911 dispatchers have the most important job in policing.
Their quick actions can mean the difference between life and death.
And there are plenty of stories about 911 dispatchers whose compassion and patience have helped others save lives.
But two recent incidents suggest that some employees at the city’s Office of Emergency Management and Communications are putting lives at risk.
Last month, OEMC officials announced two call-takers were suspended without pay for not dispatching police sooner after Quintonio LeGrier, called them for help.
Tragically, LeGrier, 19, and Bettie Jones, 55, were fatally shot by Officer Robert Rialmo, 27, when police finally arrived.
Besides the troubling circumstances surrounding this police-involved shooting, questions have been raised about how dispatchers handled LeGrier’s 911 calls in the first place.
The calls came from the 4700 block of West Erie, an area that has had a lot of shootings and a lot of cries for help.
Still, it took three calls from LeGrier pleading for police intervention, and one call from LeGrier’s father, who told the dispatcher his 19-year-old son was trying to break down his bedroom door with a baseball bat, before police were sent to the scene.
While it is encouraging that it didn’t take a lengthy investigation before OEMC acted, the discipline leveled against employees who picked up the younger LeGrier’s calls wasn’t even a slap on the wrist.
The first call taker received a three-day suspension. The second one drew a one-day suspension.
“Per the collective-bargaining agreement, the employees are subject to progressive discipline,” OEMC spokesman Melissa Stratton said in an email.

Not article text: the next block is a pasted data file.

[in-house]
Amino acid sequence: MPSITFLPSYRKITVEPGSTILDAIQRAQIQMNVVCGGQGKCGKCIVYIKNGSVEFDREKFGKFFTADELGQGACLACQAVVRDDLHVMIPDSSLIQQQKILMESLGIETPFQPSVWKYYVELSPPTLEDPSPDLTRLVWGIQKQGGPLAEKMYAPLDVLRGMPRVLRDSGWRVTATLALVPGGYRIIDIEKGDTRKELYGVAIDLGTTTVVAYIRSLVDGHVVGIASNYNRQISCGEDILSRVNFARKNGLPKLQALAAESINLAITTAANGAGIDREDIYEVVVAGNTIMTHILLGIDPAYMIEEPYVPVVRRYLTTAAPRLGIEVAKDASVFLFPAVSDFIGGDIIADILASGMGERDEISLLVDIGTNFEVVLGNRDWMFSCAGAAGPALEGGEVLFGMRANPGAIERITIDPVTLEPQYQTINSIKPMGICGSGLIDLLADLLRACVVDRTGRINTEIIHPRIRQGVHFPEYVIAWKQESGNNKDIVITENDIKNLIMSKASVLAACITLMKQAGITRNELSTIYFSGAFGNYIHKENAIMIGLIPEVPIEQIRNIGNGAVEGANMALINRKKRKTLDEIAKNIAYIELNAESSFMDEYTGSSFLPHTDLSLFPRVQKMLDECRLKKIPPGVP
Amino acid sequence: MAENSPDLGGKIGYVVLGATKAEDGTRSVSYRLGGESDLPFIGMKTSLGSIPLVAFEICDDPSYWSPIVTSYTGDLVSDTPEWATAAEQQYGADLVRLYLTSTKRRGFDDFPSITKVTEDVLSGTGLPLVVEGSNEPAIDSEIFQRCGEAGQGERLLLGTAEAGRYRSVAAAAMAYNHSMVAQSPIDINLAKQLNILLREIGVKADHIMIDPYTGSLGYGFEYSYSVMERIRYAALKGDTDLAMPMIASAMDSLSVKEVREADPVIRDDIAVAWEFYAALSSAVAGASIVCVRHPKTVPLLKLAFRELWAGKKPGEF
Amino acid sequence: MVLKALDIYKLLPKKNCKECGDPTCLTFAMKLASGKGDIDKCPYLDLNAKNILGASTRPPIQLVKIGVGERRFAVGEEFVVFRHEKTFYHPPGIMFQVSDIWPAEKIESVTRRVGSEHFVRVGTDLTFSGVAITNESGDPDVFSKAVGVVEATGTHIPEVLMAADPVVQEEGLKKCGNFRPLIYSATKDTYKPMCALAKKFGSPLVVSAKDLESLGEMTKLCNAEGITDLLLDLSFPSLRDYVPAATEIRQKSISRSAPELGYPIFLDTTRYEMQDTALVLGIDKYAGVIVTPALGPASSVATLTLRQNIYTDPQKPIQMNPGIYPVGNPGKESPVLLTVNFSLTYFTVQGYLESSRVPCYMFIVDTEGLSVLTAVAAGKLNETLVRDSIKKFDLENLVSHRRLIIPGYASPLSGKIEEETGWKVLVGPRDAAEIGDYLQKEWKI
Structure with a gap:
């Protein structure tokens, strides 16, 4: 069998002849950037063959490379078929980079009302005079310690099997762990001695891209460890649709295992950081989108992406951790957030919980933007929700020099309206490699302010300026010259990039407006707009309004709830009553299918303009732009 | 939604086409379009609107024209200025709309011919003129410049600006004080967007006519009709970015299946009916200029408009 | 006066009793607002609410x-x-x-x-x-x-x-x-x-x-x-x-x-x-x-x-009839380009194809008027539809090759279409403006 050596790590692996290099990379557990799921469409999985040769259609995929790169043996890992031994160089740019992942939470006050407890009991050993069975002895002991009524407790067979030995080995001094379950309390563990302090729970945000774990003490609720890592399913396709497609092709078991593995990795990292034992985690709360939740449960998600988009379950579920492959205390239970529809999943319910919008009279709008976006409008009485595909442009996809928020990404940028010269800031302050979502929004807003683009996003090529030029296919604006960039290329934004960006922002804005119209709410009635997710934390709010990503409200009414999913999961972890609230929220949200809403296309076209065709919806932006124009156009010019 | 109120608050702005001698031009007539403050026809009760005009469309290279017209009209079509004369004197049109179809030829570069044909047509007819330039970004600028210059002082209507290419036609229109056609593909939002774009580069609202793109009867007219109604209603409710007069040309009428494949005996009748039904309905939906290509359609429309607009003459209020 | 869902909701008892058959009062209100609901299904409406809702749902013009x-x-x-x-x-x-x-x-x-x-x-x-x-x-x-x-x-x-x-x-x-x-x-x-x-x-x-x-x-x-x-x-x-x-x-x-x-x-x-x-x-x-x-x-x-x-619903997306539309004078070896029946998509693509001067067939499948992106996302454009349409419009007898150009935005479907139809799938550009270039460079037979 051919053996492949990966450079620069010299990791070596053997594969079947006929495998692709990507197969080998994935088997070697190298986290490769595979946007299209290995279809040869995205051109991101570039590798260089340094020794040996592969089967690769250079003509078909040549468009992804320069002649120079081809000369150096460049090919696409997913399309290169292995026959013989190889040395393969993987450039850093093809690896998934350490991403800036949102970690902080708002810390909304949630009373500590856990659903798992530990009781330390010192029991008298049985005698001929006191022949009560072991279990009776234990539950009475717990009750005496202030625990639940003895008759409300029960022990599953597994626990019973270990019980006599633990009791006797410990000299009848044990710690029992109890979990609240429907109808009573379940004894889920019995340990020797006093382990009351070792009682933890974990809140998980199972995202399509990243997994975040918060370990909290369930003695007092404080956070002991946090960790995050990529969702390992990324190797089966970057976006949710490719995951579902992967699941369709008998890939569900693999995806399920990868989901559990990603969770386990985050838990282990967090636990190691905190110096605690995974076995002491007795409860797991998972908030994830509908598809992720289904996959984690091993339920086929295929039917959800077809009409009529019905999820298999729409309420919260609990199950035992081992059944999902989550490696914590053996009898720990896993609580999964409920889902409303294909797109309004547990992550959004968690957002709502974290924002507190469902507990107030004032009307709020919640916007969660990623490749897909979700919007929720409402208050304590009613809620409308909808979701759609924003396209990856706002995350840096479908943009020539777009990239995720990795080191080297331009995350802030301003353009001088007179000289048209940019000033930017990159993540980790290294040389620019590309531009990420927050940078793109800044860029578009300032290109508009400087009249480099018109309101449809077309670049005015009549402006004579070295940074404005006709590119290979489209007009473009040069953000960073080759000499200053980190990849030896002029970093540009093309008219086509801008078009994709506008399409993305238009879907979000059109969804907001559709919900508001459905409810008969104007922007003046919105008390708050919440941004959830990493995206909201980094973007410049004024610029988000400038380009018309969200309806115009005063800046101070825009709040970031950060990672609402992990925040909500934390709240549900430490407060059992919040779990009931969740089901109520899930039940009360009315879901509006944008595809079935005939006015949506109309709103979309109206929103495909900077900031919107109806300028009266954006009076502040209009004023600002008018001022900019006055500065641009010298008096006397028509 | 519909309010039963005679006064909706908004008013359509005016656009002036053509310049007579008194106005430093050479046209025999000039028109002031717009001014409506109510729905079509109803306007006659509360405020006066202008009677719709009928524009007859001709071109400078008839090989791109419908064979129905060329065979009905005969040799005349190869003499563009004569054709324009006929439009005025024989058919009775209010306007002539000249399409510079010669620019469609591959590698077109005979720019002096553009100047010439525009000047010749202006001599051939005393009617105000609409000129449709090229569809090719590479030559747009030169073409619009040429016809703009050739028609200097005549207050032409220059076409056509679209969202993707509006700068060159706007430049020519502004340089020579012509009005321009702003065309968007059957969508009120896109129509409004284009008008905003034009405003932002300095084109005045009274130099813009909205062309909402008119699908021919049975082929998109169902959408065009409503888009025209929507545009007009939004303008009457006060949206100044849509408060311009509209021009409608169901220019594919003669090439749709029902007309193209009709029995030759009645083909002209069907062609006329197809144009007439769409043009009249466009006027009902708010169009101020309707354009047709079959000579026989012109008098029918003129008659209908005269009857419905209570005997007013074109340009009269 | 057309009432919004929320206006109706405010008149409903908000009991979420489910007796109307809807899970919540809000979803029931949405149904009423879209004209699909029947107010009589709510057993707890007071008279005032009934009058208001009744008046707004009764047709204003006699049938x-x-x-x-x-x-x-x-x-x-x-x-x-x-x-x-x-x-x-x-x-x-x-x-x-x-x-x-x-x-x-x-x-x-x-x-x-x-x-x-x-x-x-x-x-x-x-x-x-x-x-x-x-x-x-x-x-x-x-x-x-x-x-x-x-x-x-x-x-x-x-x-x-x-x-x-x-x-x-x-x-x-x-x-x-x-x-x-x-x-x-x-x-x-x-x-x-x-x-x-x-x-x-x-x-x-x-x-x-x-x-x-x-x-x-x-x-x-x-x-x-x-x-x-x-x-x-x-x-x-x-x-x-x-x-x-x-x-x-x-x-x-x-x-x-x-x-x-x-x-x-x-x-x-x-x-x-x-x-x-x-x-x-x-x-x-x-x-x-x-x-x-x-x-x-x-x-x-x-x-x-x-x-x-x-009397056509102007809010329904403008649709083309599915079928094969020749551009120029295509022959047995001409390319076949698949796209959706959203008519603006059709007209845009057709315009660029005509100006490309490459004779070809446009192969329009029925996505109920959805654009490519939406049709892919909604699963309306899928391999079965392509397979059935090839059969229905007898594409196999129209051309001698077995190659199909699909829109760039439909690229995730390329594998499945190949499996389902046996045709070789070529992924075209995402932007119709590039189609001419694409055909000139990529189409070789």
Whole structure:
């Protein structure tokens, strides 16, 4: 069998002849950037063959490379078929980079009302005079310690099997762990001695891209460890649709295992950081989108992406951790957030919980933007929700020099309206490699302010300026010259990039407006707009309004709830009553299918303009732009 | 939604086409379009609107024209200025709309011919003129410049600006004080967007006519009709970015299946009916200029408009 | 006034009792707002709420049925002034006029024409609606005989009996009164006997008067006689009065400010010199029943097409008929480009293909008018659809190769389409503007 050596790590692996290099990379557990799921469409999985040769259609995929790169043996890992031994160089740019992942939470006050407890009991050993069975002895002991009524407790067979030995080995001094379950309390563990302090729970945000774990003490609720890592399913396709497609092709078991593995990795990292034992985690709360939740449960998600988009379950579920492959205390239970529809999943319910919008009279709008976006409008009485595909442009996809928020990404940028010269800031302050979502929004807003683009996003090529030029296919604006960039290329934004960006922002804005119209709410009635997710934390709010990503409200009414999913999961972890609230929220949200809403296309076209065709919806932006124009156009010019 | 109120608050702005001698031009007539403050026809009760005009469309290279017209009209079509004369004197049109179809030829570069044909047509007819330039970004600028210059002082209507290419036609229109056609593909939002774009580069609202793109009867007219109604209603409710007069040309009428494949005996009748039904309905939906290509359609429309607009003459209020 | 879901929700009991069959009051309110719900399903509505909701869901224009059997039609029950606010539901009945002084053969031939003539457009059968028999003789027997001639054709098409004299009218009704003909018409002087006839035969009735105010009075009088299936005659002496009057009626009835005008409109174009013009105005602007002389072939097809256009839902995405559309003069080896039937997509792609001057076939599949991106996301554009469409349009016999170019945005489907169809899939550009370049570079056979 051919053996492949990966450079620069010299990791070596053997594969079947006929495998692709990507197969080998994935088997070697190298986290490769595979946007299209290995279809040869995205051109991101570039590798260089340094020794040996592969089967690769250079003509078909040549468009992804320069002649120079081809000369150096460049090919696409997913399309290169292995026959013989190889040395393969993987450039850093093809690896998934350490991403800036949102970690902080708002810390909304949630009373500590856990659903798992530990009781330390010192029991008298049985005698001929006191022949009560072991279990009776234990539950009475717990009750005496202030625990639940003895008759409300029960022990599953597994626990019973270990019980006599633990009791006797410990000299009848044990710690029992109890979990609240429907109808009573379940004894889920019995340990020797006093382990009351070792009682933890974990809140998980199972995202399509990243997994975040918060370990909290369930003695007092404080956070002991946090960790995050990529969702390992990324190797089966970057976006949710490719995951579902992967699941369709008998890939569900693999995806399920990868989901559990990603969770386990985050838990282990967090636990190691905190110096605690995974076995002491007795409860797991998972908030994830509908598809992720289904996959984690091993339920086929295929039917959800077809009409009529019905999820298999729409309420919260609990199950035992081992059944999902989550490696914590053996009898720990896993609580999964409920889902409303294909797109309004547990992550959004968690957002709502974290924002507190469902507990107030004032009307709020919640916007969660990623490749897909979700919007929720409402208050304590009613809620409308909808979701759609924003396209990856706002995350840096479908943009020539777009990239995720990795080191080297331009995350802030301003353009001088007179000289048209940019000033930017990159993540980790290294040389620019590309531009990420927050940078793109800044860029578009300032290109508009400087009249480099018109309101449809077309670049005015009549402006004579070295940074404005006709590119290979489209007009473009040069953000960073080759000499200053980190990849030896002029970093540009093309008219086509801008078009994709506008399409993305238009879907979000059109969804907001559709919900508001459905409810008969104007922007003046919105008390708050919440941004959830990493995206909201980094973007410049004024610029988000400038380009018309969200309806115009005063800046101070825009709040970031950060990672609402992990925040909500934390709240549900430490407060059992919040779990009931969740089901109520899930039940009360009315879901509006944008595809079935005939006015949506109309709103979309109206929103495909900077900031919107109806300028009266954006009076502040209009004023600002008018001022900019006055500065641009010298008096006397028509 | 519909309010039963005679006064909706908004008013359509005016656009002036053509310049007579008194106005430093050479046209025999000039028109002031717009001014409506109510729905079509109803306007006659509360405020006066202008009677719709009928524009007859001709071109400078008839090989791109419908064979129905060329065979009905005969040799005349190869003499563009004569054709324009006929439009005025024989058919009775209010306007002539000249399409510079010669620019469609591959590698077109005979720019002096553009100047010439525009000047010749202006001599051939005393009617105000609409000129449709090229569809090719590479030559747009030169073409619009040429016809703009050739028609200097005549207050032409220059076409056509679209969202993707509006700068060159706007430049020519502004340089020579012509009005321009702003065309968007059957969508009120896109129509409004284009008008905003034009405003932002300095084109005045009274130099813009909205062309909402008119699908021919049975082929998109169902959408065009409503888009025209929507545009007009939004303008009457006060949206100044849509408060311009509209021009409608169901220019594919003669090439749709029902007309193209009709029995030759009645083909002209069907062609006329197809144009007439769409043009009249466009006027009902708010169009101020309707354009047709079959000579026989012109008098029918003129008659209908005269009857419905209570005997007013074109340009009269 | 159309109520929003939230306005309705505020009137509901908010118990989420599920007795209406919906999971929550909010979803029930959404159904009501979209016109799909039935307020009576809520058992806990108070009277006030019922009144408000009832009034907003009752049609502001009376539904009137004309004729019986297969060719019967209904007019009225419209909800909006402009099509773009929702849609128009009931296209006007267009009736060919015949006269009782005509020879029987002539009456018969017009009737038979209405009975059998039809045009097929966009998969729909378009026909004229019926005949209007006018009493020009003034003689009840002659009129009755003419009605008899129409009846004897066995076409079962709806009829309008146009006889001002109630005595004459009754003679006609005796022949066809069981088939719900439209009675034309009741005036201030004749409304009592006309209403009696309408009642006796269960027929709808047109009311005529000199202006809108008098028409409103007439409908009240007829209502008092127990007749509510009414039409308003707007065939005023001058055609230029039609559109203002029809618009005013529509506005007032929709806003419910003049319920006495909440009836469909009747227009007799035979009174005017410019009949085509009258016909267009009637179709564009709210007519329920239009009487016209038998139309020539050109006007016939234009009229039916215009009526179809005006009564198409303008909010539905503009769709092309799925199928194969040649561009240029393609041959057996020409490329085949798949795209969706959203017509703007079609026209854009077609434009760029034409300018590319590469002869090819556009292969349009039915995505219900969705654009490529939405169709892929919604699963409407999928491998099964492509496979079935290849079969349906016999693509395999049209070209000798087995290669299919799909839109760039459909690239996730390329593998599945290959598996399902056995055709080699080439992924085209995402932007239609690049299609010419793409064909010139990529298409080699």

That likely explains why there are so many allegations of 911 dispatchers treating callers with disrespect.
Last week, two masked robbers held up — at gunpoint — a gas station in the Chatham neighborhood. Despite a victim’s frantic 911 call, police didn’t show up on the scene for nearly 30 minutes, NBC Chicago reported.
Mike Airhart told NBC he called 911 and instead of sending officers, the dispatcher “bombarded” him with questions.
Airhart said he called Andrew Holmes, a well-known community activist.
“Michael was on the phone crying. He said: ‘I had a gun to my head and a gun to my mouth and they ain’t got there yet,’ ” Holmes told me.
Holmes said when he called 911 and told the dispatcher he was a third-party caller, he was told, “there is nothing we can do for you,” before the dispatcher hung up.
“My mouth dropped,” he said.
“How many other people have called 911 and been disrespected. It’s not the Chicago Police Department’s fault when they didn’t get the call. If they had gotten the call in time, they would have caught the offenders,” Holmes said.
I’m mindful that these front-line city employees bear the brunt of the gun violence that the city has endured.
It is an awesome responsibility.
Because of the LeGrier case, Mayor Rahm Emanuel has announced an overhaul of the city’s crisis-intervention training, including 911 call takers and dispatchers.
In a statement, a spokesman said OEMC receives 5 million 911 calls a year, of which about half are dispatched. In 2015, unpaid suspensions for 911 Operations totaled 40. That number includes all disciplinary actions for policy/procedure and absentee violations.
I expect that number to rise considerably.
Frankly, citizens are no longer going to put up with rude and disrespectful dispatchers. They are going to connect the dots, subpoena the audio, and file lawsuits.
In Illinois, when a citizen makes a false “911” call, it is a felony.
The city should at least be able to fire 911 dispatchers who put citizens’ lives at risk.